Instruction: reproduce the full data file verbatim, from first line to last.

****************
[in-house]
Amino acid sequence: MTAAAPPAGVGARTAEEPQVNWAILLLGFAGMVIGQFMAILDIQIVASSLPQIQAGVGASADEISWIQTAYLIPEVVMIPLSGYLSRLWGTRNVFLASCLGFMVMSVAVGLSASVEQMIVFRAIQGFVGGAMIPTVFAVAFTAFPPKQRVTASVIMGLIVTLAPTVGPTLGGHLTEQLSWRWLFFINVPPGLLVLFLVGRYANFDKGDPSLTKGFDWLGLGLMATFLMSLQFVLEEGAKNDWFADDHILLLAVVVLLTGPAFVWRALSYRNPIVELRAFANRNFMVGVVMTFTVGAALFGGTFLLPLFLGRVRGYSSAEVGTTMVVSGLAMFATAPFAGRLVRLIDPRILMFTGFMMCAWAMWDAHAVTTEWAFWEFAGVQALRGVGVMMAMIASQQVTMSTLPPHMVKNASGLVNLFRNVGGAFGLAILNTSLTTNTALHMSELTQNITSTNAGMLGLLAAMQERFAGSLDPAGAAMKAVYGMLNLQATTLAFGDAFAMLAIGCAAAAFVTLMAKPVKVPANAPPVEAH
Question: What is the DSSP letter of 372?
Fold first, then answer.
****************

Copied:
[in-house]
Amino acid sequence: MTAAAPPAGVGARTAEEPQVNWAILLLGFAGMVIGQFMAILDIQIVASSLPQIQAGVGASADEISWIQTAYLIPEVVMIPLSGYLSRLWGTRNVFLASCLGFMVMSVAVGLSASVEQMIVFRAIQGFVGGAMIPTVFAVAFTAFPPKQRVTASVIMGLIVTLAPTVGPTLGGHLTEQLSWRWLFFINVPPGLLVLFLVGRYANFDKGDPSLTKGFDWLGLGLMATFLMSLQFVLEEGAKNDWFADDHILLLAVVVLLTGPAFVWRALSYRNPIVELRAFANRNFMVGVVMTFTVGAALFGGTFLLPLFLGRVRGYSSAEVGTTMVVSGLAMFATAPFAGRLVRLIDPRILMFTGFMMCAWAMWDAHAVTTEWAFWEFAGVQALRGVGVMMAMIASQQVTMSTLPPHMVKNASGLVNLFRNVGGAFGLAILNTSLTTNTALHMSELTQNITSTNAGMLGLLAAMQERFAGSLDPAGAAMKAVYGMLNLQATTLAFGDAFAMLAIGCAAAAFVTLMAKPVKVPANAPPVEAH
Question: What is the DSSP letter of 372?
Fold first, then answer.